In the article, The Verge called Kindbody “the SoulCycle of fertility” and questioned its branding strategy and its claim that egg freezing “freezes time.” After all, there is limited research confirming the efficacy of egg freezing.
“The technology that allows for egg-freezing has only been widely used in the last five to six years,” Bartasi explained. “The majority of women who froze their eggs haven’t used them yet. It’s not like you freeze your eggs in February and meet Mr. Right in June.”
Though Kindbody touts a mission of providing fertility treatments to the 99 percent, there’s no getting around the sky-high costs of the services, and one might argue that companies like Kindbody are capitalizing off women’s fear of infertility. Providing free AMH tests, which often falsely lead women to believe they aren’t as fertile as they’d hoped, might encourage more women to seek a full-fertility assessment and ultimately, to pay $6,000 to freeze their eggs, when in reality they are just as fertile as the average woman and not the ideal candidate for the difficult and uncomfortable process.
Bartasi said Kindbody makes all the options clear to its patients. She added that when she does hear accusations that services like Kindbody capitalize on fear of infertility, they tend to come from legacy programs and male fertility doctors: “They are a little rattled by some of the new entrants that look like the patients,” she said. “We are women designing for women. For far too long women’s health has been solved for by men.”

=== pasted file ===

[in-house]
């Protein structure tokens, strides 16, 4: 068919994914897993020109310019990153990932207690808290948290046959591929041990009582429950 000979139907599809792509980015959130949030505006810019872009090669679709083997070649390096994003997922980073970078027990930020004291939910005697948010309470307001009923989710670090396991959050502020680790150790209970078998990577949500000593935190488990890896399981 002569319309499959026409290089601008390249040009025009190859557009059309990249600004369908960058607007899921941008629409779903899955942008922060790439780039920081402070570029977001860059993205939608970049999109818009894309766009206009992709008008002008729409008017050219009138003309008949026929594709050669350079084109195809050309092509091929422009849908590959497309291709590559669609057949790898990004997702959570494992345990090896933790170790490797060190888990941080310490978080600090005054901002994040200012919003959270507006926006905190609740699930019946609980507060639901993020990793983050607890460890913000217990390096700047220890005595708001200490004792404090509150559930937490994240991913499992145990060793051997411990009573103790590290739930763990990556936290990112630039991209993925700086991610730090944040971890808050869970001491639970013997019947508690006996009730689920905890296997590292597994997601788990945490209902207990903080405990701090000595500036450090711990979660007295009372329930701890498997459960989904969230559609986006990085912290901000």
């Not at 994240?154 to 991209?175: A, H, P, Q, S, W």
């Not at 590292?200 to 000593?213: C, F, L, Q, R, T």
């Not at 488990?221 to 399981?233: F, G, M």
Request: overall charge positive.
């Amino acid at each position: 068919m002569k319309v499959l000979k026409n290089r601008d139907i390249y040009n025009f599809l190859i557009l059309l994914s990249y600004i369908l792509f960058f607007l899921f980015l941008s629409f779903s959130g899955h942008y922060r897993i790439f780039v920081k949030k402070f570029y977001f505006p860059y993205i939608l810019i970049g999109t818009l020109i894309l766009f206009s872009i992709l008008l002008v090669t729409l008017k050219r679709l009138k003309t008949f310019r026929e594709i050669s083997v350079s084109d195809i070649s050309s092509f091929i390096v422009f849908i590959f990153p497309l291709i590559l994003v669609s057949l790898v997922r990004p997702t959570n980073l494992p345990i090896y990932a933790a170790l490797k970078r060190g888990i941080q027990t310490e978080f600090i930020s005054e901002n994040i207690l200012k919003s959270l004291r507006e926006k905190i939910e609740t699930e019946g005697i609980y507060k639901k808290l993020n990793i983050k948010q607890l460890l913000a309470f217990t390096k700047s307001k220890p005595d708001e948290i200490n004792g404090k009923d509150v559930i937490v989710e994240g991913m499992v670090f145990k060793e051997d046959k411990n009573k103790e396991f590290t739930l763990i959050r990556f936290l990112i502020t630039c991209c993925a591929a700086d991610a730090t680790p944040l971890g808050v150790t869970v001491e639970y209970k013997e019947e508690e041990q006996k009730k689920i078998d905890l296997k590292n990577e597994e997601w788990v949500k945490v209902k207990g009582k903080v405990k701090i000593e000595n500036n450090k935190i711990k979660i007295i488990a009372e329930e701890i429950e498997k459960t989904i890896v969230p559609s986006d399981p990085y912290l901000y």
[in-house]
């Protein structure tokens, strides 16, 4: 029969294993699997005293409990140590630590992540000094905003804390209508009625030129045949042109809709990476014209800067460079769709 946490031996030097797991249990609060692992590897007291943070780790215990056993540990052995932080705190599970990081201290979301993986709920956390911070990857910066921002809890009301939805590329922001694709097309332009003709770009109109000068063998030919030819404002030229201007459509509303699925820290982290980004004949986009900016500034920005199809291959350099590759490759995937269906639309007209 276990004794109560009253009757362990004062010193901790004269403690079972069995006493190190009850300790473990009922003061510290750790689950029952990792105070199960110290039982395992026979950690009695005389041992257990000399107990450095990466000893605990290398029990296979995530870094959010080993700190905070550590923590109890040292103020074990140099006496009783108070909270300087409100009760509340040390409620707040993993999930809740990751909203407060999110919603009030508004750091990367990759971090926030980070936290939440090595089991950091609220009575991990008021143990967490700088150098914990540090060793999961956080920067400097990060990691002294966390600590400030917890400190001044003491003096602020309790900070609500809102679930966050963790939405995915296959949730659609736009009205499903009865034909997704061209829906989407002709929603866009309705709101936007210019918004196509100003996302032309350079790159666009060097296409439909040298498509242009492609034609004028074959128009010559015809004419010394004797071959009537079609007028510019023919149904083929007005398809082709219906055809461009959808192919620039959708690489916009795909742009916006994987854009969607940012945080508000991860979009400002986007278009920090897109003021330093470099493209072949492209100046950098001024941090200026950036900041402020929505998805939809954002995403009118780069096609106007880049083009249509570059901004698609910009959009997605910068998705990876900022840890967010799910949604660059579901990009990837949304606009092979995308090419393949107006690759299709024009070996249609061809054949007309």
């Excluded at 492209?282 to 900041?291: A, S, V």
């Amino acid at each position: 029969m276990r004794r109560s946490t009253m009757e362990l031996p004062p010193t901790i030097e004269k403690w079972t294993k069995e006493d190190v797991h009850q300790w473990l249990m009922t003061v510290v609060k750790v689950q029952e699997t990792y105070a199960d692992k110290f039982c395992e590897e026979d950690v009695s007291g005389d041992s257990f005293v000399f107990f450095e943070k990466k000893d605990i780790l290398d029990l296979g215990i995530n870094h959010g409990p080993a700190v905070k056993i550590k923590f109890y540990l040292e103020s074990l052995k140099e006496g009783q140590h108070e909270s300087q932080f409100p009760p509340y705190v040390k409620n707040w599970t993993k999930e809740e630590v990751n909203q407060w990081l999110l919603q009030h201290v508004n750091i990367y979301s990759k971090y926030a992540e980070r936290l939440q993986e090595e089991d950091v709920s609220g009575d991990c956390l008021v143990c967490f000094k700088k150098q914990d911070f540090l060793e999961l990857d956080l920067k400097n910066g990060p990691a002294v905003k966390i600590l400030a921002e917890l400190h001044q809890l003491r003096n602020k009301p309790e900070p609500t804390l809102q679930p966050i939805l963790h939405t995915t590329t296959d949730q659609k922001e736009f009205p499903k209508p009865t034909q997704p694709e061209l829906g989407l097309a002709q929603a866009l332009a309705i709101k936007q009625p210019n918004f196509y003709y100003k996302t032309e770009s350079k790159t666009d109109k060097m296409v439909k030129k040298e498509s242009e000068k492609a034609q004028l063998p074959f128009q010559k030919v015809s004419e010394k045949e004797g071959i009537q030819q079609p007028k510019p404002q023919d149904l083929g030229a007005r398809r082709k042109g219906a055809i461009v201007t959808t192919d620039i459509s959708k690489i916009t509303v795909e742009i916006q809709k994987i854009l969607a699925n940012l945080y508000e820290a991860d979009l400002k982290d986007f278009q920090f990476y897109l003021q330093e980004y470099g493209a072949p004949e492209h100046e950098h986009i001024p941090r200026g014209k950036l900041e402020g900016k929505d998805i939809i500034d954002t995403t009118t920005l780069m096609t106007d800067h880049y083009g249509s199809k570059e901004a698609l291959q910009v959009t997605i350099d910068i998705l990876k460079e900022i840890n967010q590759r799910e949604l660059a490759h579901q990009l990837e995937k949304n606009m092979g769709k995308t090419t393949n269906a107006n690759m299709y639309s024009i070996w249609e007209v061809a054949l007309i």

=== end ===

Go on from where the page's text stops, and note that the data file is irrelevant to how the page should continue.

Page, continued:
Kindbody’s pricing scheme may itself instill fear in incumbent fertility clinics. The startup’s egg-freezing services are much cheaper than market averages; its IVF services, however, are not. Not including the costs of medications necessary to successfully harvest eggs from the ovaries, the average cost of an egg-freezing procedure costs approximately $10,000, compared to Kindbody’s $6,000. Its IVF services are on par with other options in the market, costing $10,000 to $12,000 — not including medications — for one cycle of IVF.
Kindbody is able to charge less for egg freezing because they’ve cut out operational inefficiencies, i.e. they are a tech-enabled platform while many fertility clinics around the U.S. are still handing out hoards of paperwork and using fax machines. Bartasi admits, however, that this means Kindbody is making less money per patient than some of these legacy clinics.
“What is a reasonable profit margin for fertility doctors today?” Bartasi said. “Historically, margins have been very, very high, driven by a high retail price. But are these really high retail prices sustainable long term? If you’re charging 22,000 for IVF, how long is that sustainable? Our profit margins are healthy.”
Bartasi isn’t the only entrepreneur to catch on to the opportunity here, as I’ve noted. A whole bunch of women’s health startups have launched and secured funding recently.
Tia, for example, opened a clinic and launched an app that provides health advice and period tracking for women. Extend Fertility, which like Kindbody, helps women preserve their fertility through egg freezing, banked a $15 million round. And a startup called NextGen Jane, which is trying to detect endometriosis with “smart tampons,” announced a $9 million Series A a few weeks ago.
This post has been updated to clarify that Kindbody only operates a single van, not a fleet of vans.